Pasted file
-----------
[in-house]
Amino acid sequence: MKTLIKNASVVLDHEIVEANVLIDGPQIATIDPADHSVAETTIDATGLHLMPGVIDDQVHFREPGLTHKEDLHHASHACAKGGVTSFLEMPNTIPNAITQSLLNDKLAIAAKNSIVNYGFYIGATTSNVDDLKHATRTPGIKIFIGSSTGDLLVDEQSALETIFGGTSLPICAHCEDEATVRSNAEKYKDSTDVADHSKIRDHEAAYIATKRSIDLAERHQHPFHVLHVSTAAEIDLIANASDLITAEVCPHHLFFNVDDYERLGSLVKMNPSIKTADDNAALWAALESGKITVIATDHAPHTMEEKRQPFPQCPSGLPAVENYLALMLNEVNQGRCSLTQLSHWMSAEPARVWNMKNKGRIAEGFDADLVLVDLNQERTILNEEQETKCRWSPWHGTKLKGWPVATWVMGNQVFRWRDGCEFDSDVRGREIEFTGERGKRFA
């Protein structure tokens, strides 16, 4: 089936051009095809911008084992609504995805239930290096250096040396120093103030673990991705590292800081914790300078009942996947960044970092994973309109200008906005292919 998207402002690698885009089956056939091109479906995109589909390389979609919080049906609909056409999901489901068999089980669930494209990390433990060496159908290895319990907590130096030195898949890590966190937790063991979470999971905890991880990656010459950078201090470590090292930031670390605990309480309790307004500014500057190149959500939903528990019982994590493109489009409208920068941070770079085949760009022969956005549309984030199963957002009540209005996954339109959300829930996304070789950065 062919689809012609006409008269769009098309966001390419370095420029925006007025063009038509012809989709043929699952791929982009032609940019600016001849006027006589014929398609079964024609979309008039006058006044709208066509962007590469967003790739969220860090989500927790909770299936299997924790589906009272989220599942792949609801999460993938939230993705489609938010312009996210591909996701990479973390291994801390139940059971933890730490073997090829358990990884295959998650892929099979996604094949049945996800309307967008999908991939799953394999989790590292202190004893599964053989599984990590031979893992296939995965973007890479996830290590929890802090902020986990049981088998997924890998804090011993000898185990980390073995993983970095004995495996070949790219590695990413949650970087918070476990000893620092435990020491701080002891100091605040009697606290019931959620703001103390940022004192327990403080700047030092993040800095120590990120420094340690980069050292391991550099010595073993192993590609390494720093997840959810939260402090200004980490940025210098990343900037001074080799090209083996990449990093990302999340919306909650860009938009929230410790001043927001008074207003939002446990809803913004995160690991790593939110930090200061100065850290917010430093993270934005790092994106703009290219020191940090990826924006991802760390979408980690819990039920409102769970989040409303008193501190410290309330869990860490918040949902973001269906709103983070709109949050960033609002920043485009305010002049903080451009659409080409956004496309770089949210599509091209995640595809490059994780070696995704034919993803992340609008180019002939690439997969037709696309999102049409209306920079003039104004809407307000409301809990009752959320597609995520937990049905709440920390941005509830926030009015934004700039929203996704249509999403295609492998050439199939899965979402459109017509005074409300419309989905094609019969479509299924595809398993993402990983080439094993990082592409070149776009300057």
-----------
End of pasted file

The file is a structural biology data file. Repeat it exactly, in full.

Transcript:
[in-house]
Amino acid sequence: MKTLIKNASVVLDHEIVEANVLIDGPQIATIDPADHSVAETTIDATGLHLMPGVIDDQVHFREPGLTHKEDLHHASHACAKGGVTSFLEMPNTIPNAITQSLLNDKLAIAAKNSIVNYGFYIGATTSNVDDLKHATRTPGIKIFIGSSTGDLLVDEQSALETIFGGTSLPICAHCEDEATVRSNAEKYKDSTDVADHSKIRDHEAAYIATKRSIDLAERHQHPFHVLHVSTAAEIDLIANASDLITAEVCPHHLFFNVDDYERLGSLVKMNPSIKTADDNAALWAALESGKITVIATDHAPHTMEEKRQPFPQCPSGLPAVENYLALMLNEVNQGRCSLTQLSHWMSAEPARVWNMKNKGRIAEGFDADLVLVDLNQERTILNEEQETKCRWSPWHGTKLKGWPVATWVMGNQVFRWRDGCEFDSDVRGREIEFTGERGKRFA
């Protein structure tokens, strides 16, 4: 089936051009095809911008084992609504995805239930290096250096040396120093103030673990991705590292800081914790300078009942996947960044970092994973309109200008906005292919 998207402002690698885009089956056939091109479906995109589909390389979609919080049906609909056409999901489901068999089980669930494209990390433990060496159908290895319990907590130096030195898949890590966190937790063991979470999971905890991880990656010459950078201090470590090292930031670390605990309480309790307004500014500057190149959500939903528990019982994590493109489009409208920068941070770079085949760009022969956005549309984030199963957002009540209005996954339109959300829930996304070789950065 062919689809012609006409008269769009098309966001390419370095420029925006007025063009038509012809989709043929699952791929982009032609940019600016001849006027006589014929398609079964024609979309008039006058006044709208066509962007590469967003790739969220860090989500927790909770299936299997924790589906009272989220599942792949609801999460993938939230993705489609938010312009996210591909996701990479973390291994801390139940059971933890730490073997090829358990990884295959998650892929099979996604094949049945996800309307967008999908991939799953394999989790590292202190004893599964053989599984990590031979893992296939995965973007890479996830290590929890802090902020986990049981088998997924890998804090011993000898185990980390073995993983970095004995495996070949790219590695990413949650970087918070476990000893620092435990020491701080002891100091605040009697606290019931959620703001103390940022004192327990403080700047030092993040800095120590990120420094340690980069050292391991550099010595073993192993590609390494720093997840959810939260402090200004980490940025210098990343900037001074080799090209083996990449990093990302999340919306909650860009938009929230410790001043927001008074207003939002446990809803913004995160690991790593939110930090200061100065850290917010430093993270934005790092994106703009290219020191940090990826924006991802760390979408980690819990039920409102769970989040409303008193501190410290309330869990860490918040949902973001269906709103983070709109949050960033609002920043485009305010002049903080451009659409080409956004496309770089949210599509091209995640595809490059994780070696995704034919993803992340609008180019002939690439997969037709696309999102049409209306920079003039104004809407307000409301809990009752959320597609995520937990049905709440920390941005509830926030009015934004700039929203996704249509999403295609492998050439199939899965979402459109017509005074409300419309989905094609019969479509299924595809398993993402990983080439094993990082592409070149776009300057």